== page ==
Boston Graduate Topology Seminar
Boston is a city rich in mathematical resources. The Boston Graduate Topology Seminar is an initiative designed to enhance the sharing of these resources among the different institutions in town. The seminar is open to all, but is aimed specifically at bringing together graduate students in the Boston area working in geometry and topology (that said, faculty and postdocs are welcome and will be in attendance!). The main goals are:
- to encourage interactions (and even collaborations) between area grad students, and between grad students and faculty from the various Boston schools,
- to increase awareness of the sorts of math taking place around town (and, in so doing, to entice grad students to broaden their mathematical horizons),
- to give area grad students more opportunities to speak about their research, and
- to have fun (see post-seminar lunch)!
The seminar will meet roughly twice per semester at area schools including MIT, BC, Harvard, Brandeis, Tufts. Each meeting will take place on a Saturday morning, in the form of a sort of micro-conference, and will consist of three 45 minute talks. The first talk will be given by a Boston-area or visiting faculty member (or postdoc); the latter two, by Boston-area grad students (or recent grad students) about their research. Context and motivation will be emphasized in these talks, which should be accessible to students with a wide range of backgrounds in topology. We'll generally try to have a group lunch afterwards.
As one of the goals of the seminar is to help grad students become better presenters, one or more of the faculty in attendance will provide confidential, constructive feedback to the grad student speakers (as long as such feedback is desired).
The next meeting of this seminar will take place at BC on Saturday, February 22, from 9:30AM-12:15PM, with coffee and bagels starting at 9AM.
- BC: Saturday, February 22
- 9:30-10:15: Inanc Baykur (UMass Amherst)
- 10:30-11:15: Corey Bregman (Brandeis)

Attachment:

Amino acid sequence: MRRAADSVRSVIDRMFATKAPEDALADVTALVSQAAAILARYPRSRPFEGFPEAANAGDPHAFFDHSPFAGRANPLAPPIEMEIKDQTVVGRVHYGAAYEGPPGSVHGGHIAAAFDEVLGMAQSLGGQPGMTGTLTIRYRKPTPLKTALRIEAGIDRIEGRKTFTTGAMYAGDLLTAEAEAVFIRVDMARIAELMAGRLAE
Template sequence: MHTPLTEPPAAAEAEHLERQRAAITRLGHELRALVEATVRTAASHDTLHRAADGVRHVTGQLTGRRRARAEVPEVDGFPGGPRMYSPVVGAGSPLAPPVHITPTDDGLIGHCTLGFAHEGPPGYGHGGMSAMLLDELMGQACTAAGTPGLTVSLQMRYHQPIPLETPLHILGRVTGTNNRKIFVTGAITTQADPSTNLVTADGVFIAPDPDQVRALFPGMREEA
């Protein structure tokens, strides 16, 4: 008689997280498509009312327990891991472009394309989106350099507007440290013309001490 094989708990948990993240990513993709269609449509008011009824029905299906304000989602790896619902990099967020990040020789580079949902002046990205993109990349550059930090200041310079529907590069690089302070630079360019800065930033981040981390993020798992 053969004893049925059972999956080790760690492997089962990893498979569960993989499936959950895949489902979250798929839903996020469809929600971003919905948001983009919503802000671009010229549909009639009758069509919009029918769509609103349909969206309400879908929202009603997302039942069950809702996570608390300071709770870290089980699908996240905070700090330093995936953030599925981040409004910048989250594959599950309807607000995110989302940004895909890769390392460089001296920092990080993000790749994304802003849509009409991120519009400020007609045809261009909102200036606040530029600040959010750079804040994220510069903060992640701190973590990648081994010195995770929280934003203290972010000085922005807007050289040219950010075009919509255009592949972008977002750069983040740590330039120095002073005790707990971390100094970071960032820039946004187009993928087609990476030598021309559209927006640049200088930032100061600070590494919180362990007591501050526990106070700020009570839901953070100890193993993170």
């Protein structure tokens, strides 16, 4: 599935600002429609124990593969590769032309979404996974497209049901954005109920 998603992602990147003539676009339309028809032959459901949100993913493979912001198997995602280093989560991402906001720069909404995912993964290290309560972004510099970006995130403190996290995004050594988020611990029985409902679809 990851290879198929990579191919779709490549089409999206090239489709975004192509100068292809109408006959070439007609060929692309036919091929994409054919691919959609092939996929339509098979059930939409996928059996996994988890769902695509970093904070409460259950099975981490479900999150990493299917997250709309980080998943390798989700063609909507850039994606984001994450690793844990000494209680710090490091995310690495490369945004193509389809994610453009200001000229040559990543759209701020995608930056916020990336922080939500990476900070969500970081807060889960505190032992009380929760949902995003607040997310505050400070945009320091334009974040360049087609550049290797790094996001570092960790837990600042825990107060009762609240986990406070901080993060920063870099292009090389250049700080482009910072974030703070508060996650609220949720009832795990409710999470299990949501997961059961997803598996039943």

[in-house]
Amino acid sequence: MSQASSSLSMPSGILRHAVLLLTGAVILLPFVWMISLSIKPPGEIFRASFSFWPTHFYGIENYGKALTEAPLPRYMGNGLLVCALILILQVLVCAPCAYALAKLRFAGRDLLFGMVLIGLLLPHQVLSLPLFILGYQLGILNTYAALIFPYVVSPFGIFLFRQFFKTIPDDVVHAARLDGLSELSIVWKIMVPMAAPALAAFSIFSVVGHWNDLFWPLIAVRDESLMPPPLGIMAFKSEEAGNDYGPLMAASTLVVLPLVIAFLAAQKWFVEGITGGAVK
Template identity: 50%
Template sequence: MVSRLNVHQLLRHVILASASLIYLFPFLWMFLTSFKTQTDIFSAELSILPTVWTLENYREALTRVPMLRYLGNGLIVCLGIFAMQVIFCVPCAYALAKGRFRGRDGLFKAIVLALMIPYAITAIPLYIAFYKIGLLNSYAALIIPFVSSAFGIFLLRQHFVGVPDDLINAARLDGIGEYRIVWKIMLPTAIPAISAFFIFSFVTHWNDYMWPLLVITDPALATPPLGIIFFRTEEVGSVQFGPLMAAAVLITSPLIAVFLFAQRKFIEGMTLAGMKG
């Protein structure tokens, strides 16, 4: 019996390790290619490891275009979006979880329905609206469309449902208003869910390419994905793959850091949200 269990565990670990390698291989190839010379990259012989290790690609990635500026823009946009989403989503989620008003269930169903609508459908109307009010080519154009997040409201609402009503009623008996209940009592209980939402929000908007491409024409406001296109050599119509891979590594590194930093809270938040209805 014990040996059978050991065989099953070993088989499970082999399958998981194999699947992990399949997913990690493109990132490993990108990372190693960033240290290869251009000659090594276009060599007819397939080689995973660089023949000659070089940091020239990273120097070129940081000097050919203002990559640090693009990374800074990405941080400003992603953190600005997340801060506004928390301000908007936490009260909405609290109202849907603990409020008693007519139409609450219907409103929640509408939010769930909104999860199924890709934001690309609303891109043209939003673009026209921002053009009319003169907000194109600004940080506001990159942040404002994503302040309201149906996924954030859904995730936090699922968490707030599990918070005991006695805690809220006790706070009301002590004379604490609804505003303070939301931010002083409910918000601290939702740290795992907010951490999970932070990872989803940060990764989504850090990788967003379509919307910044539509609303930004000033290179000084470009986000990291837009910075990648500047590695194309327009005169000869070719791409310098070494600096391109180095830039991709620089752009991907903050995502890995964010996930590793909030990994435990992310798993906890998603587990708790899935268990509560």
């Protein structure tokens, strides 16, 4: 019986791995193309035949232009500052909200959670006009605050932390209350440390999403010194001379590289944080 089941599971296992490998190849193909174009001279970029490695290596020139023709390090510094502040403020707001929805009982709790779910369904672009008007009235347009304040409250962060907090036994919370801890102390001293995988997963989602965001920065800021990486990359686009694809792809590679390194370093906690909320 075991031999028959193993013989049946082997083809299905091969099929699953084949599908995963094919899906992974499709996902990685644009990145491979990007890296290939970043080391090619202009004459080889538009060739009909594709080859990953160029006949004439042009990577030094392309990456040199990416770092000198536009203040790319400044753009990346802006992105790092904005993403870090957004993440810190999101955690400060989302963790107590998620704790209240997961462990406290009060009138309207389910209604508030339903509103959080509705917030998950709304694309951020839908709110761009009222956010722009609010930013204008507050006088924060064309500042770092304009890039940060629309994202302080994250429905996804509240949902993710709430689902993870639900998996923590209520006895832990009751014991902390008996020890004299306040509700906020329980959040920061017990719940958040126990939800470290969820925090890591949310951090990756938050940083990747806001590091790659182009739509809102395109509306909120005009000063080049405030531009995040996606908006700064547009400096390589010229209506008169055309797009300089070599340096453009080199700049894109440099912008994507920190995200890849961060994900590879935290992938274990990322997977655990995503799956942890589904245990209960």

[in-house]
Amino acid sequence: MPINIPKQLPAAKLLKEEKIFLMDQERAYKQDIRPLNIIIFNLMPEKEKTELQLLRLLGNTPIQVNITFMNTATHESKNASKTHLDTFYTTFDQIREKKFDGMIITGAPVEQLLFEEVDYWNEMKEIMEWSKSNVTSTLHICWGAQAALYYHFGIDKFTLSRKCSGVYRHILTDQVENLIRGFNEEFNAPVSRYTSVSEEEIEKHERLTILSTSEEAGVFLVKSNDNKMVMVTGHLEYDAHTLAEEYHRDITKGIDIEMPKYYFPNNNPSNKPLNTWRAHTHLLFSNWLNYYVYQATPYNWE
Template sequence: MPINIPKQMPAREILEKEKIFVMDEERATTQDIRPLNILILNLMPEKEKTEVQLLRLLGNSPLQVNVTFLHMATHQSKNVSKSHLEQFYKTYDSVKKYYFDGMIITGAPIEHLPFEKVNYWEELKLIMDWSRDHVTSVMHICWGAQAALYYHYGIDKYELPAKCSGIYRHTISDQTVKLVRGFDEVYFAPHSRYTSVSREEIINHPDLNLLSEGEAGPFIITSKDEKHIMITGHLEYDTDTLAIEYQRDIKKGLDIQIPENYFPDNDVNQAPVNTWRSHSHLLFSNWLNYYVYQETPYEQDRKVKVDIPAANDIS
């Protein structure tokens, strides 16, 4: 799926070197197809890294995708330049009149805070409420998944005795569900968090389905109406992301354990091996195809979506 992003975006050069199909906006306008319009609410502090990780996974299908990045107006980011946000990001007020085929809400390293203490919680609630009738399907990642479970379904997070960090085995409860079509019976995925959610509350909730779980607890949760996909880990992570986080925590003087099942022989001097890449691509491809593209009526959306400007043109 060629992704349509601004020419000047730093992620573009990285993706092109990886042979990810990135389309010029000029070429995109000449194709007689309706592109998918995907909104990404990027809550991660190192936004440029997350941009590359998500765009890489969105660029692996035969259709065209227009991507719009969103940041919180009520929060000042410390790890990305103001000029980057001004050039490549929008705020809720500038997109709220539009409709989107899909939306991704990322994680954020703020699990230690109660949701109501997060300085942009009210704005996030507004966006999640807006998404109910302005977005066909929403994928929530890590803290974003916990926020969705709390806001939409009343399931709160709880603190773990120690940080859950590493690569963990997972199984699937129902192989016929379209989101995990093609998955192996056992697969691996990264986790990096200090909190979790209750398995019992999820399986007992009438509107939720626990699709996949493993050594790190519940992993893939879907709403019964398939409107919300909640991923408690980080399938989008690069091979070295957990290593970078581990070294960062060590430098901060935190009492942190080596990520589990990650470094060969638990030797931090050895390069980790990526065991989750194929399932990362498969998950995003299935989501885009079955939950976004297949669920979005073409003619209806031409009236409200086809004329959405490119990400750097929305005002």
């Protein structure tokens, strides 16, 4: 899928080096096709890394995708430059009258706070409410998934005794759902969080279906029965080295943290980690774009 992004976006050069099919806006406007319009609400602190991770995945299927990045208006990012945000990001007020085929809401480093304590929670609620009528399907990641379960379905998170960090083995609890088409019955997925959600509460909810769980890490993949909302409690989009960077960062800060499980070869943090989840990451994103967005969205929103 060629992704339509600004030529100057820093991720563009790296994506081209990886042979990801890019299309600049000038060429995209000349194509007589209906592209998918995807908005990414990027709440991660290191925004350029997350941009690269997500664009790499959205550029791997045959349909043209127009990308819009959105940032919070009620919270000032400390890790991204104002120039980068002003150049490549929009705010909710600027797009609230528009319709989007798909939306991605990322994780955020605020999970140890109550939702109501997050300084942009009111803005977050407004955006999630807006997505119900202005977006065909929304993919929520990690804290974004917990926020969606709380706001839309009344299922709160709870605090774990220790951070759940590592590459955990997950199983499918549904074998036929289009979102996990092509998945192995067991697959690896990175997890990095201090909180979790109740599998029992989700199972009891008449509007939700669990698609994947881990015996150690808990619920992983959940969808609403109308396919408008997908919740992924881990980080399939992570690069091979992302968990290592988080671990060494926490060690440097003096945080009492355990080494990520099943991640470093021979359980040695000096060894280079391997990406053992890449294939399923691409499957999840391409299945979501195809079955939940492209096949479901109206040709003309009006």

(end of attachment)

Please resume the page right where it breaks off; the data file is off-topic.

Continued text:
- 11:30-12:15: Mustafa Cengiz (BC)
- MIT: Saturday, October 19
- 9:30-10:15: Irving Dai (MIT)
- 10:30-11:15: Eylem Yildiz (Harvard)
- 11:30-12:15: Langte Ma (Brandeis)
- Boston College: Saturday, April 27
- 9:30-10:15: Jen Hom (Georgia Tech)
- 10:30-11:15: Chris Gerig (Harvard)
- 11:30-12:15: Zhenkun Li (MIT)
- Harvard: Saturday, December 1
- 9:30-10:15: Denis Auroux (Harvard)
- 10:30-11:15: McKee Krumpak (Brandeis)
- 11:30-12:15: Matt Stoffregen (MIT)
- MIT: Saturday, September 29
- 9:30-10:15: Ian Biringer (BC)
- 10:30-11:15: Lisa Piccirillo (Texas)
- 11:30-12:15: Jianfeng Lin (MIT)
- Boston College: Saturday, April 14
- 9:30-10:15: Katie Mann (Brown)
- 10:30-11:15: Zhouli Xu (MIT)
- 11:30-12:15: Siddhi Krishna (BC)
- Tufts: Saturday, December 9
- 9:30-10:15: Tarik Aougab (Brown)
- 10:30-11:15: Michael Ben-Zvi (Tufts)
- 11:30-12:15: Eduard Duryev (Harvard)
- Harvard: Saturday, September 30
- 9:30-10:15: Cliff Taubes (Harvard)
- 10:30-11:15: Melissa Zhang (BC)
- 11:30-12:15: Yu Pan (MIT)
- Boston College: December 3
- 9:30-10:15: Andras Stipsicz (Princeton/Renyi Institute)
- 10:30-11:15: Kevin Sackel (MIT)
- 11:30-12:15: Kyle Hayden (BC)
- MIT: Saturday, September 24
- 9:30-10:15: David Gay (UGA)
- 10:30-11:15: Katherine Raoux (Brandeis)
- 11:30-12:15: Sherry Gong (MIT)
Your audience will comprise graduate students at all levels, with varied backgrounds in geometry and topology (though perhaps with a Floer-theoretic bias). As such, it is vital that you provide lots of context and motivation. Why is what you're talking about important? What are the interesting open questions in the field (learning about open problems can be very inspiring)? What are tractable problems for graduate students related to the main topic? Answering these kinds of questions leaves audience members more satisfied and interested, and with more valuable knowledge, than does rushing full-bore towards your main result. On a related note, sacrifice technical details if talking about them will lose the attention of large portions of the audience or obscure the main point or cause you to rush.
Anyone interested in giving a talk or learning more about the seminar should contact John Baldwin at email@example.com.
This seminar is partially supported by NSF CAREER Grant DMS-1454865.